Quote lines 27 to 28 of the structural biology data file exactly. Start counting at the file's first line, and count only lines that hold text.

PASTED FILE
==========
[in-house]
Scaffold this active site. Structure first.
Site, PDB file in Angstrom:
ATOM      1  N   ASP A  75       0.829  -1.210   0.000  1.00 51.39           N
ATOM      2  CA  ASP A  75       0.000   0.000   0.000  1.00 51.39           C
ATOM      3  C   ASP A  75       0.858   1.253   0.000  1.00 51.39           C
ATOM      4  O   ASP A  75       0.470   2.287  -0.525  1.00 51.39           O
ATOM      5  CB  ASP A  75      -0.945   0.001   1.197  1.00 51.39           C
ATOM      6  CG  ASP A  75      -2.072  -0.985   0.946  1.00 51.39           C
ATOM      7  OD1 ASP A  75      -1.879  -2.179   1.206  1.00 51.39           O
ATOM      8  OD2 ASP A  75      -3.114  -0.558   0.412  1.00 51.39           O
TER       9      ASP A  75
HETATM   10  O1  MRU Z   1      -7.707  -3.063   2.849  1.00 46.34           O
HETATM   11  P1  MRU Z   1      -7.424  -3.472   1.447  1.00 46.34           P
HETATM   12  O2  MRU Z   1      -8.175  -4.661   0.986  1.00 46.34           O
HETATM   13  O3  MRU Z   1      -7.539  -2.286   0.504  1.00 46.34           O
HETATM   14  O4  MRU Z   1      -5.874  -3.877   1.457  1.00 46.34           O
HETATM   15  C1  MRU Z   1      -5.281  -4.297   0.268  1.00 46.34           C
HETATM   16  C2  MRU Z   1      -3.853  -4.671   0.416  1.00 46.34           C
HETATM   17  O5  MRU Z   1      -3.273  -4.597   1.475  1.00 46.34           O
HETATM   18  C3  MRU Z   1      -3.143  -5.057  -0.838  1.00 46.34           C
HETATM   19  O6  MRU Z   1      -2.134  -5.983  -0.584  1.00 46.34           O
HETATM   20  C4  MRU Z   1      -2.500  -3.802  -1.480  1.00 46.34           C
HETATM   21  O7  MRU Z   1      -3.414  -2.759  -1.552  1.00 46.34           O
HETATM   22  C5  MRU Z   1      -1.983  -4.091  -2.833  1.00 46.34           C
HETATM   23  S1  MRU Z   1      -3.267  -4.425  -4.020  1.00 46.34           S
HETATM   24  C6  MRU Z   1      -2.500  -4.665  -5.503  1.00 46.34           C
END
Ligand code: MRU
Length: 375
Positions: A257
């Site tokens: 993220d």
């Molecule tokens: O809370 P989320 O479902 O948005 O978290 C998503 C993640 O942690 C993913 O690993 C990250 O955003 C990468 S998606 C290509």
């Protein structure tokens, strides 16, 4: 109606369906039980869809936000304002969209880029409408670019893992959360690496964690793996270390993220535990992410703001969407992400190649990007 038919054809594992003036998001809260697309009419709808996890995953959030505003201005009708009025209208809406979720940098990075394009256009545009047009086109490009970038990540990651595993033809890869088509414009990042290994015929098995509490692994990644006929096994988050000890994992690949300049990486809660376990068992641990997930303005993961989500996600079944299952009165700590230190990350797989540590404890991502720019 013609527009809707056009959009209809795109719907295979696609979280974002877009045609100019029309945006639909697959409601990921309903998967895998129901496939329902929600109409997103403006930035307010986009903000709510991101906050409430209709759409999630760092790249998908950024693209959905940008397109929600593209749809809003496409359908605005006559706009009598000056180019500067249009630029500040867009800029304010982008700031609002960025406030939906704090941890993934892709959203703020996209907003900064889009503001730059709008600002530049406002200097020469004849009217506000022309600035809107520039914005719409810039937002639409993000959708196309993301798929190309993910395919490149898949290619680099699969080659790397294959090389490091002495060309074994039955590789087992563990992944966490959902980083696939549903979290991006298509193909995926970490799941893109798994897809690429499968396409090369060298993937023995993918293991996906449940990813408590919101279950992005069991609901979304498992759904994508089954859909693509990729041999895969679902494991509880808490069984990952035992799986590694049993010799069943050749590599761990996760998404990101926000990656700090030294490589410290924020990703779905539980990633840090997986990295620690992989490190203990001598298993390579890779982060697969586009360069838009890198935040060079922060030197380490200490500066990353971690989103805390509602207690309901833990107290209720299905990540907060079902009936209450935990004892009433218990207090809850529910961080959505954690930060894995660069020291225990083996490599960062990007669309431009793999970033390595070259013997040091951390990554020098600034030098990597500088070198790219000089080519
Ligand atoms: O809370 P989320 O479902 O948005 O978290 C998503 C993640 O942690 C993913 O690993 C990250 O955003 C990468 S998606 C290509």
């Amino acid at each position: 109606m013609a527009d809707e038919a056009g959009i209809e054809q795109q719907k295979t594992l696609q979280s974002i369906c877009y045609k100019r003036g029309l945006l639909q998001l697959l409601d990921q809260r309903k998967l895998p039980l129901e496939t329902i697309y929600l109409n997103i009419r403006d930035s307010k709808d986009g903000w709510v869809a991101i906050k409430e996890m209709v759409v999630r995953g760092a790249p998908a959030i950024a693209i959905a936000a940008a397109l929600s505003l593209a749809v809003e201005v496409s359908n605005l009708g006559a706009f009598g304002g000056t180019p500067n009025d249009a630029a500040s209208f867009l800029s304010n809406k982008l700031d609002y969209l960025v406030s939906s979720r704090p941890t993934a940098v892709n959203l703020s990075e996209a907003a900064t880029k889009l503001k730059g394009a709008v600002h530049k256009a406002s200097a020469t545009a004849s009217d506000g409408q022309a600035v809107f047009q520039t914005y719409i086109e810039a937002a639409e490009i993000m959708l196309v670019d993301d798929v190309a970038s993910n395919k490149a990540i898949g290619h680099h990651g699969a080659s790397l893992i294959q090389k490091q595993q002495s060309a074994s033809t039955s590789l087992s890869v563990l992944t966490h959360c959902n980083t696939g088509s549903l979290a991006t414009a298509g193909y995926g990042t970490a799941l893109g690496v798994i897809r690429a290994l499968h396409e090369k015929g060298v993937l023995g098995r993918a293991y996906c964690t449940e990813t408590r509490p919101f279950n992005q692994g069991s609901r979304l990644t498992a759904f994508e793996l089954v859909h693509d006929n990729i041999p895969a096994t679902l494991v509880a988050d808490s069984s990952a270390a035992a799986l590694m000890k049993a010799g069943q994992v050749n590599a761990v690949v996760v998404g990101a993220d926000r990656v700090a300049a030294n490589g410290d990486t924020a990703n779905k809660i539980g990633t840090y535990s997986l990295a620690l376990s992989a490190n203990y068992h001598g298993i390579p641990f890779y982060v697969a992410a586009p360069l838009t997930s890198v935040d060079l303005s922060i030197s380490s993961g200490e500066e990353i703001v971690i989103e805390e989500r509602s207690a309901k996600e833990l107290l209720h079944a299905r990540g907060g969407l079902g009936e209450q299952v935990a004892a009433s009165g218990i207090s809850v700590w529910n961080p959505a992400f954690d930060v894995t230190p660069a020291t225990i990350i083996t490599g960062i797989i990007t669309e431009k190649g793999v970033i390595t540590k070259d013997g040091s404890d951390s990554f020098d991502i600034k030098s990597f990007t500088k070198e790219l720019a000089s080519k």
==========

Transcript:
HETATM   24  C6  MRU Z   1      -2.500  -4.665  -5.503  1.00 46.34           C
END